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The Austrian School of Economics: A view from London

  • Peter J. Boettke
  • Rosolino A. CandelaEmail author
Article
  • 11 Downloads

Abstract

This paper explores the intellectual context of the Department of Economics at the London School of Economics and Political Science (LSE) during the 1930s. We will be focusing on the contributions of F.A. Hayek, along with Lionel Robbins, in fostering an intellectual environment for the transmission and incorporation of Austrian economics, particularly the works of Ludwig von Mises. In doing so we illustrate that Hayek and Robbins were attempting to craft a unified tradition of economic theory that consisted of various strands of economic thought that had either contributed to, or were consistent with, the Austrian tradition. The work done by Hayek, as well as Robbins, at the LSE not only consolidated the ideas of the Austrian tradition that had developed from Vienna. In doing so, they also rearticulated the broader theoretical contributions of classical political economy as a counterweight against an emerging neoclassical and Keynesian paradigm.

Keywords

F.A. Hayek Lionel Robbins London School of Economics 

JEL classification

B25 B31 B53 

Notes

Acknowledgements

This paper was presented on October 12, 2018 at the 7th Biennial Workshop on Austrian Economics sponsored by the Wirth Institute for Austrian and Central European Studies at the University of Alberta in Edmonton, Canada. We thank Alfred Wirth for sponsoring this workshop, and the participants of the workshop for their valuable feedback and comments. We also thank Professor Tim Besley for an invitation to present this paper at a seminar hosted by the Spinoza Foundation, the Department of Economics of the London School of Economics and Political Science (LSE), and the Suntory and Toyota Internationale Centres for Economics and Related Disciplines (STICERD) Institutions, Organizations and Growth Programme on February 18, 2019. In addition, we thank the archivists of the LSE library for granting us access to the special collection of the papers of Lionel Robbins in preparation of this article. In addition, we gratefully acknowledge Marcus Shera for his helpful feedback and comments. Any remaining errors are entirely our own.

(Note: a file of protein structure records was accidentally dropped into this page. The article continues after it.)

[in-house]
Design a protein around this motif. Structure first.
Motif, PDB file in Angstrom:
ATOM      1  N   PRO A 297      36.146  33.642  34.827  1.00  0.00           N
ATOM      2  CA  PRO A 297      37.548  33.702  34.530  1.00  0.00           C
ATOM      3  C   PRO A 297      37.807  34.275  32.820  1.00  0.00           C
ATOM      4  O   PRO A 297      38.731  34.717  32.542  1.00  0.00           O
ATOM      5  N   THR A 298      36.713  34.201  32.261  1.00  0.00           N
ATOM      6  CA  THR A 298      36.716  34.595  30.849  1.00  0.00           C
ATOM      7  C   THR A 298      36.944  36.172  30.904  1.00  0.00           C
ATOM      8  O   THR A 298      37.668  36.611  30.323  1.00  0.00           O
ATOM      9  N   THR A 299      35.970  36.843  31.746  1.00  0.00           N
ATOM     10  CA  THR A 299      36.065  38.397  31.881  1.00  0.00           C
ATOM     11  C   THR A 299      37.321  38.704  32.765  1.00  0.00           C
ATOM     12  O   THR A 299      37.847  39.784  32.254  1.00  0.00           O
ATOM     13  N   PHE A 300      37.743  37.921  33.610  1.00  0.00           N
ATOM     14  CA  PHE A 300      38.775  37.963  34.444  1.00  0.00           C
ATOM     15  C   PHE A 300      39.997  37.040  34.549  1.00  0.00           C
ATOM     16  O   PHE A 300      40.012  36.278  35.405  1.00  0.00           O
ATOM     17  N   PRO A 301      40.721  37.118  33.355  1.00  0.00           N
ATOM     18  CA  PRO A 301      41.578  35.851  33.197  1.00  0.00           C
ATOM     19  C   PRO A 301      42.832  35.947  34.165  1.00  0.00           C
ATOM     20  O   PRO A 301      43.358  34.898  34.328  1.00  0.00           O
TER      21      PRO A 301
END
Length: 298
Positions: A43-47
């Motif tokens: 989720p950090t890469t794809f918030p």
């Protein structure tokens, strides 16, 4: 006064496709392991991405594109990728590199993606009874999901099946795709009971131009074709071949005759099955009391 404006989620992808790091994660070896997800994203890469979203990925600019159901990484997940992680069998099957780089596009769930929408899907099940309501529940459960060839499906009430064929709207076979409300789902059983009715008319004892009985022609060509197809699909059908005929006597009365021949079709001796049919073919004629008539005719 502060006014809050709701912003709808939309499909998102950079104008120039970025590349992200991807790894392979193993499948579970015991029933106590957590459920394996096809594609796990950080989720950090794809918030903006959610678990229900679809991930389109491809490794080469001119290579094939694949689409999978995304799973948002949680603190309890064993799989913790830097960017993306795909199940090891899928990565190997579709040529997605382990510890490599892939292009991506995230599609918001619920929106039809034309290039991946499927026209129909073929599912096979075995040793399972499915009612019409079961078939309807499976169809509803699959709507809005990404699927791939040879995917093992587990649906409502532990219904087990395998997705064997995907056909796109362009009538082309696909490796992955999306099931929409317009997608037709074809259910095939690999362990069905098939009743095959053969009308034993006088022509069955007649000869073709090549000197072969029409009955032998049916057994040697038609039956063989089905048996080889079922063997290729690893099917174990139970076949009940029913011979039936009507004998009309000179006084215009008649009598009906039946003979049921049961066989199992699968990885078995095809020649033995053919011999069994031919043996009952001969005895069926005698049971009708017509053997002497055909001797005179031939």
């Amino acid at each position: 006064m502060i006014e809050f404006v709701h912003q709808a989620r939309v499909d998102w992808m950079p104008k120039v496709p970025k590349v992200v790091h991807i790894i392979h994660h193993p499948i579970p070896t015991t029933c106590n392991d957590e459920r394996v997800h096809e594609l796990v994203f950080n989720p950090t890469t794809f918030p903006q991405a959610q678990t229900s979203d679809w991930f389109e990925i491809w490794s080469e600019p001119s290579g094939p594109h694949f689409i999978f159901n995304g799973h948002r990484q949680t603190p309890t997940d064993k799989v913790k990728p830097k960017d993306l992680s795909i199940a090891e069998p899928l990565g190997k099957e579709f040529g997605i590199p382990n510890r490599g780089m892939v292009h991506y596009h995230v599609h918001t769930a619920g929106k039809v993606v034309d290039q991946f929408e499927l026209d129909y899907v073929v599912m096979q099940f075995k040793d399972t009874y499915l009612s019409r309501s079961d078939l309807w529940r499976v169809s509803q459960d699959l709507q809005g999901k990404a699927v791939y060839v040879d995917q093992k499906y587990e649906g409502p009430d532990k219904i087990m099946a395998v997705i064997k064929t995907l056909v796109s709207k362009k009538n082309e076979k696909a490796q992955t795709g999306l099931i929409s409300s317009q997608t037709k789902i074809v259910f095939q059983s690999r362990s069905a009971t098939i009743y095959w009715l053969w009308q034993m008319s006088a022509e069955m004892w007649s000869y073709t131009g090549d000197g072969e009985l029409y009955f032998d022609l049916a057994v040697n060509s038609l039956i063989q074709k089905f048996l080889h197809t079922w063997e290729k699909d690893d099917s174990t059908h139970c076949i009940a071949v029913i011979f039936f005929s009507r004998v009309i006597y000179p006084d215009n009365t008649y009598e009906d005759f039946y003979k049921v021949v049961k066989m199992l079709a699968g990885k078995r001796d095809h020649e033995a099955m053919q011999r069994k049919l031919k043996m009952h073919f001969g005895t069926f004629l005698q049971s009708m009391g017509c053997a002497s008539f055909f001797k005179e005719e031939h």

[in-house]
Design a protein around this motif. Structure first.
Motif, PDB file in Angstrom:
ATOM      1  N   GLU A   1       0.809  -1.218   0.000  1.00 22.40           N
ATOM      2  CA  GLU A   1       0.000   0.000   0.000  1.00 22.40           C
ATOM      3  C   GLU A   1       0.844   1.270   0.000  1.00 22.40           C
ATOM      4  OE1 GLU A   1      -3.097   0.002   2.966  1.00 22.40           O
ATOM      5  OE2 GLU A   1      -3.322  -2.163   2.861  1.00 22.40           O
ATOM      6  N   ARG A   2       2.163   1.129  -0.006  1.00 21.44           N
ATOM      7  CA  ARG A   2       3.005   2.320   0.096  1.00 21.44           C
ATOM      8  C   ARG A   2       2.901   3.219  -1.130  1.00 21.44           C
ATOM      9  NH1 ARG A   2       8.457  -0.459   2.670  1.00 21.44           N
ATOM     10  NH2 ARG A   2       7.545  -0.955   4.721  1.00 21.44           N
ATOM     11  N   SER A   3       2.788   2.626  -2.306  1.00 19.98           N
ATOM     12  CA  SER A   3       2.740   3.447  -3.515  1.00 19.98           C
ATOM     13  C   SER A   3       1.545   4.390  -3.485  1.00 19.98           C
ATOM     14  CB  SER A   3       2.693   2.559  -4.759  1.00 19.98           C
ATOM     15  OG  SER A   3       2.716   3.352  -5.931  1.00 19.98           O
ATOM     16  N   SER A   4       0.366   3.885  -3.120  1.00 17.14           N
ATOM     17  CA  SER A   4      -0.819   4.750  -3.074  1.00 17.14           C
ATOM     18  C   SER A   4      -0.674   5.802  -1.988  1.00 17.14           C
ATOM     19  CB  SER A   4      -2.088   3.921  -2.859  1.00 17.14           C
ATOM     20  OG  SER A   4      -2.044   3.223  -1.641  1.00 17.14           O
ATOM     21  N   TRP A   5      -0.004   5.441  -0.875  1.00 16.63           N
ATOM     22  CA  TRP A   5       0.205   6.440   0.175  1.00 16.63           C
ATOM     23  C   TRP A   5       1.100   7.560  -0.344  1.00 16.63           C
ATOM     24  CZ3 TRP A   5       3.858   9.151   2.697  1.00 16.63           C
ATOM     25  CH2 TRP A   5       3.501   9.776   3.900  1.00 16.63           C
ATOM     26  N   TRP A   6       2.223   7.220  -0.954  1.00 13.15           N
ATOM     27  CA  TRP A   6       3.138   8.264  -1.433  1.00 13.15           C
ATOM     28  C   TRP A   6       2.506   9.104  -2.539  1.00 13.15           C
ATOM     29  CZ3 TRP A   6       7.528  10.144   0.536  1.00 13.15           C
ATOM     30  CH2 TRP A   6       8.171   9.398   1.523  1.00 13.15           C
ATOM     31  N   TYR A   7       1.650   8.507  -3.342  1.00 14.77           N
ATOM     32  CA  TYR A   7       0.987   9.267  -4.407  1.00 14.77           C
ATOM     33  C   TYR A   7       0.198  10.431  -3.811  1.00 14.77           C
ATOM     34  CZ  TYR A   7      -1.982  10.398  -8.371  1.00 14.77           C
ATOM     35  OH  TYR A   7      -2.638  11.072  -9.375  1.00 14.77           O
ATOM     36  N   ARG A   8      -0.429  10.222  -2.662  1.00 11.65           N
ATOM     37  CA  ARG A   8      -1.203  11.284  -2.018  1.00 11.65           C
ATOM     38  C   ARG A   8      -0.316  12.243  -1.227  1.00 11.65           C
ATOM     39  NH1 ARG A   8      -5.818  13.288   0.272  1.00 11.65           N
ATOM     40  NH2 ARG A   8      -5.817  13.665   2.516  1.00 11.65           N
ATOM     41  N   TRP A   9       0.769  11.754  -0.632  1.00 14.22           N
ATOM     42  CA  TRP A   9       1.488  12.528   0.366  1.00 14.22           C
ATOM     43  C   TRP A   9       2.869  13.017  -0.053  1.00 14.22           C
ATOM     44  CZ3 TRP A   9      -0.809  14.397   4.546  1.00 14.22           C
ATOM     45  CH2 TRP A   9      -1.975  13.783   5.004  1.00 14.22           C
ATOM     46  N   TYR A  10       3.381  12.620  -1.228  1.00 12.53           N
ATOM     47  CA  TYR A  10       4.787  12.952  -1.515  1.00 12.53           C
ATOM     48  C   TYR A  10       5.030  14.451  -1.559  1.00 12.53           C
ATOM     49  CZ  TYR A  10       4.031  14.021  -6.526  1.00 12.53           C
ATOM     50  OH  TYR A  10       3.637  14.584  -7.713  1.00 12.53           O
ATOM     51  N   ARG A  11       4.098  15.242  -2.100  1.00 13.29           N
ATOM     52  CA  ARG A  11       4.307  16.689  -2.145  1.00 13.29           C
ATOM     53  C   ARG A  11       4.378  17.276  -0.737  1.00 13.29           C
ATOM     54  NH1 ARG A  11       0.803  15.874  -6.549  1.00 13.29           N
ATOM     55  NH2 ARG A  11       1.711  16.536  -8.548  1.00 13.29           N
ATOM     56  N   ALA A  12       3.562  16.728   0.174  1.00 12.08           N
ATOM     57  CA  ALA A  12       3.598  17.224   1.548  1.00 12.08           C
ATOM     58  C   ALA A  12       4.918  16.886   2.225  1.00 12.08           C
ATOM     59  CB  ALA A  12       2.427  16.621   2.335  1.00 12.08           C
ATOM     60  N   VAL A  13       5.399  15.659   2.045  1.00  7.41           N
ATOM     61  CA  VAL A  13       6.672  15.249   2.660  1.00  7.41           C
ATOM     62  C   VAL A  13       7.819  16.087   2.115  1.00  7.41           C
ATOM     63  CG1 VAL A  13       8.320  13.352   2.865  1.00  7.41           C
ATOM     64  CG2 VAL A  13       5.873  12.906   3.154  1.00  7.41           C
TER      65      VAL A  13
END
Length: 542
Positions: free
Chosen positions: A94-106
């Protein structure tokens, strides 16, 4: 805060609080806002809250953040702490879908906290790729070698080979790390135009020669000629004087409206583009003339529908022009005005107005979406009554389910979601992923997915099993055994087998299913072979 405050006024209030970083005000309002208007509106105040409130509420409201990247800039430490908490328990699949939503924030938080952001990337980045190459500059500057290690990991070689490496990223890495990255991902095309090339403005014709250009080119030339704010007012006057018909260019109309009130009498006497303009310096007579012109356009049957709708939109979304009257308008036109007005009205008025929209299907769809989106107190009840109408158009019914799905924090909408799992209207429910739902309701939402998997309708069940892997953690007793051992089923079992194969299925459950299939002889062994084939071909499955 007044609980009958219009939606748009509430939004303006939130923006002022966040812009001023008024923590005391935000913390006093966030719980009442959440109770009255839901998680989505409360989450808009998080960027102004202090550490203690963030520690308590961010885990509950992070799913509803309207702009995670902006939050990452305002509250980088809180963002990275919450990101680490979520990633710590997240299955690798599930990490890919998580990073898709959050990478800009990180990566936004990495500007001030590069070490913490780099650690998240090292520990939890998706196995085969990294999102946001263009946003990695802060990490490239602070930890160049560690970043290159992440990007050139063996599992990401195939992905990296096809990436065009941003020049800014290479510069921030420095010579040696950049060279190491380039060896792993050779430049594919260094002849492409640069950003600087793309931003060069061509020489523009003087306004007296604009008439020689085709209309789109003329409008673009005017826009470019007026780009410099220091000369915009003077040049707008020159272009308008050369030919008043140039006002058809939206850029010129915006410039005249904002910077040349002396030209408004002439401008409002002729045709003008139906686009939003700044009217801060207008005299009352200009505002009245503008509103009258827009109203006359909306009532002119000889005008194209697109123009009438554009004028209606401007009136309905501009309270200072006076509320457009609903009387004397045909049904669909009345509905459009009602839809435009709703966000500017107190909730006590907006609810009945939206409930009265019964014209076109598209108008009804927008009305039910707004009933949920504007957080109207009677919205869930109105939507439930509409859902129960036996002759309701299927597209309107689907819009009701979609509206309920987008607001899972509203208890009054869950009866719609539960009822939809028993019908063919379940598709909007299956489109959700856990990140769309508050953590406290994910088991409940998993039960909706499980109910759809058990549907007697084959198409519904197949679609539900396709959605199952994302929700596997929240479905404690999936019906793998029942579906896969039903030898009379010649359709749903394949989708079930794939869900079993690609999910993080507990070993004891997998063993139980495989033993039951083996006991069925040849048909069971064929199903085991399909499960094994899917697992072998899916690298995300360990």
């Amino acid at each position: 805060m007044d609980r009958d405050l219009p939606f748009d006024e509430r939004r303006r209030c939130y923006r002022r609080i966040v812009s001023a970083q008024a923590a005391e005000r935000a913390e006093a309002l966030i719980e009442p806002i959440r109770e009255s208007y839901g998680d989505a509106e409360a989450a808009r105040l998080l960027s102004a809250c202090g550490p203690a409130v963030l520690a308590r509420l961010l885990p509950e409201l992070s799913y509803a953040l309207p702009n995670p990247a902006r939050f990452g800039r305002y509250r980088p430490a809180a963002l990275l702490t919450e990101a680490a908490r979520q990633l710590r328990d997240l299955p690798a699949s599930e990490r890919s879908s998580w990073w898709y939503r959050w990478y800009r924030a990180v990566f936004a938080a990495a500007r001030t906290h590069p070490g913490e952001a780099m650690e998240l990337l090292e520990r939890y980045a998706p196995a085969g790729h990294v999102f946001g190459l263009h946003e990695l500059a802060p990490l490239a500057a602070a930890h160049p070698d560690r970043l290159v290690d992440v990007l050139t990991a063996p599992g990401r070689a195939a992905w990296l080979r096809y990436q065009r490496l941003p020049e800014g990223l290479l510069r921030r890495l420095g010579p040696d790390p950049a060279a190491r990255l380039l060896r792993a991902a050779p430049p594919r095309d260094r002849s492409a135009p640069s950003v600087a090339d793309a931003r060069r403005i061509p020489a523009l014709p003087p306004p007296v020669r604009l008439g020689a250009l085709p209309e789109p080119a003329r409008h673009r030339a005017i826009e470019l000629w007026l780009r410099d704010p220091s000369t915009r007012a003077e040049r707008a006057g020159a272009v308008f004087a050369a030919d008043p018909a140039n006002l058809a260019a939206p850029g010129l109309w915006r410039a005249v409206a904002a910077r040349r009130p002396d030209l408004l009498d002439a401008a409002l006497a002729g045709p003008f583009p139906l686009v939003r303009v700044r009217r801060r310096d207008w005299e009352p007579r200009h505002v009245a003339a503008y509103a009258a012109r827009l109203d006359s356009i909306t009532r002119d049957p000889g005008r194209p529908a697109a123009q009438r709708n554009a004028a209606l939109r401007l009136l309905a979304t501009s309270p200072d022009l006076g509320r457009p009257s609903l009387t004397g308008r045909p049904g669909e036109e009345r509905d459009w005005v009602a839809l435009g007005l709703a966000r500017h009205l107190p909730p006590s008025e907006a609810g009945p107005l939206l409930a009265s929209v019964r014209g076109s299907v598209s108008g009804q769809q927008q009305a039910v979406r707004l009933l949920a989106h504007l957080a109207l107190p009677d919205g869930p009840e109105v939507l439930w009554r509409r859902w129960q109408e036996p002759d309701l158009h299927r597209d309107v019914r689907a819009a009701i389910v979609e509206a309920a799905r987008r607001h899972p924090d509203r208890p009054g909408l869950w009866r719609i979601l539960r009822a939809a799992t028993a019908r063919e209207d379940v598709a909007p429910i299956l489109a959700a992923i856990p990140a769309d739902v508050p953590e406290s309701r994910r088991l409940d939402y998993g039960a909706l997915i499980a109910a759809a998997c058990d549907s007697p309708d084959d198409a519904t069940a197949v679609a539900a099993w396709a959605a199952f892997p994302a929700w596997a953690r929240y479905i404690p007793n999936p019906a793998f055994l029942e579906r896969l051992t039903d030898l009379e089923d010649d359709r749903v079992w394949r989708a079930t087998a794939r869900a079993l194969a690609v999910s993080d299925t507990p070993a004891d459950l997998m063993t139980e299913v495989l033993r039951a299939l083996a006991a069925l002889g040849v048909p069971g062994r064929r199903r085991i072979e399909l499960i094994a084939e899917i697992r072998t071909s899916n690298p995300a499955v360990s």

We also acknowledge the financial support of the F.A. Hayek Program for Advanced Study in Philosophy, Politics, and Economics at the Mercatus Center at George Mason University.

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Copyright information

© Springer Science+Business Media, LLC, part of Springer Nature 2019

Authors and Affiliations

  1. 1.Department of EconomicsGeorge Mason UniversityFairfaxUSA
  2. 2.F.A. Hayek Program for Advanced Study in Philosophy, Politics, and EconomicsMercatus CenterFairfaxUSA

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